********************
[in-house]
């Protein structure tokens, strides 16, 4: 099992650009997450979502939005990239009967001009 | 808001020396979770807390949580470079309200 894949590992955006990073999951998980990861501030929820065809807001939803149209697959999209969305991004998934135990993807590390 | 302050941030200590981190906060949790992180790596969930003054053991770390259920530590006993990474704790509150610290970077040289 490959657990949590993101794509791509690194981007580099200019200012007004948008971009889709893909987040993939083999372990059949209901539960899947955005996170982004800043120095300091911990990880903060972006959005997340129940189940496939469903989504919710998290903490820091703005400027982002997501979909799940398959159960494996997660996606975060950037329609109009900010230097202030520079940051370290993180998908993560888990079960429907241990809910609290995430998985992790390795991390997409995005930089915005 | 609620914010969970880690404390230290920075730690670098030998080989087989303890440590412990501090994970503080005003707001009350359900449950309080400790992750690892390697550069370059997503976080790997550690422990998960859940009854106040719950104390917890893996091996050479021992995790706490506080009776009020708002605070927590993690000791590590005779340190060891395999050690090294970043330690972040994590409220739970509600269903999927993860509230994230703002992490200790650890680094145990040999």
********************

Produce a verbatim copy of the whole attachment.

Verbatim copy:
[in-house]
């Protein structure tokens, strides 16, 4: 099992650009997450979502939005990239009967001009 | 808001020396979770807390949580470079309200 894949590992955006990073999951998980990861501030929820065809807001939803149209697959999209969305991004998934135990993807590390 | 302050941030200590981190906060949790992180790596969930003054053991770390259920530590006993990474704790509150610290970077040289 490959657990949590993101794509791509690194981007580099200019200012007004948008971009889709893909987040993939083999372990059949209901539960899947955005996170982004800043120095300091911990990880903060972006959005997340129940189940496939469903989504919710998290903490820091703005400027982002997501979909799940398959159960494996997660996606975060950037329609109009900010230097202030520079940051370290993180998908993560888990079960429907241990809910609290995430998985992790390795991390997409995005930089915005 | 609620914010969970880690404390230290920075730690670098030998080989087989303890440590412990501090994970503080005003707001009350359900449950309080400790992750690892390697550069370059997503976080790997550690422990998960859940009854106040719950104390917890893996091996050479021992995790706490506080009776009020708002605070927590993690000791590590005779340190060891395999050690090294970043330690972040994590409220739970509600269903999927993860509230994230703002992490200790650890680094145990040999």